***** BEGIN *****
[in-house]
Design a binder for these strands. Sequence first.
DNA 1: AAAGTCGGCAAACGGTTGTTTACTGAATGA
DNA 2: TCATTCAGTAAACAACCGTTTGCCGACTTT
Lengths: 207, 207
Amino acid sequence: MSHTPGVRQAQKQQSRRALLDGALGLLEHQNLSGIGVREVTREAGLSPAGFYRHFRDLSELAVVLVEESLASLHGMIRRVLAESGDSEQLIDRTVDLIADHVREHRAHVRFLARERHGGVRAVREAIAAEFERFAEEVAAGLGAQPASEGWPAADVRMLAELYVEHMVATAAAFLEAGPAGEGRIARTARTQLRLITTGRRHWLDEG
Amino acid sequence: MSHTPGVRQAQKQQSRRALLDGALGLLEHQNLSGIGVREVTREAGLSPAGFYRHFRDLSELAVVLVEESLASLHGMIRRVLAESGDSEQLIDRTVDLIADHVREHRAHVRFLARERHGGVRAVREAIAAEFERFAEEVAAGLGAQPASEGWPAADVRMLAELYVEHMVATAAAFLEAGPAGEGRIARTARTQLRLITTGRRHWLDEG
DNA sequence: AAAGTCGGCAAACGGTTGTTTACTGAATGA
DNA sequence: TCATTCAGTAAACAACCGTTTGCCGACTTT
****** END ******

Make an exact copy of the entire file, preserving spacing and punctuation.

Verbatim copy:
[in-house]
Design a binder for these strands. Sequence first.
DNA 1: AAAGTCGGCAAACGGTTGTTTACTGAATGA
DNA 2: TCATTCAGTAAACAACCGTTTGCCGACTTT
Lengths: 207, 207
Amino acid sequence: MSHTPGVRQAQKQQSRRALLDGALGLLEHQNLSGIGVREVTREAGLSPAGFYRHFRDLSELAVVLVEESLASLHGMIRRVLAESGDSEQLIDRTVDLIADHVREHRAHVRFLARERHGGVRAVREAIAAEFERFAEEVAAGLGAQPASEGWPAADVRMLAELYVEHMVATAAAFLEAGPAGEGRIARTARTQLRLITTGRRHWLDEG
Amino acid sequence: MSHTPGVRQAQKQQSRRALLDGALGLLEHQNLSGIGVREVTREAGLSPAGFYRHFRDLSELAVVLVEESLASLHGMIRRVLAESGDSEQLIDRTVDLIADHVREHRAHVRFLARERHGGVRAVREAIAAEFERFAEEVAAGLGAQPASEGWPAADVRMLAELYVEHMVATAAAFLEAGPAGEGRIARTARTQLRLITTGRRHWLDEG
DNA sequence: AAAGTCGGCAAACGGTTGTTTACTGAATGA
DNA sequence: TCATTCAGTAAACAACCGTTTGCCGACTTT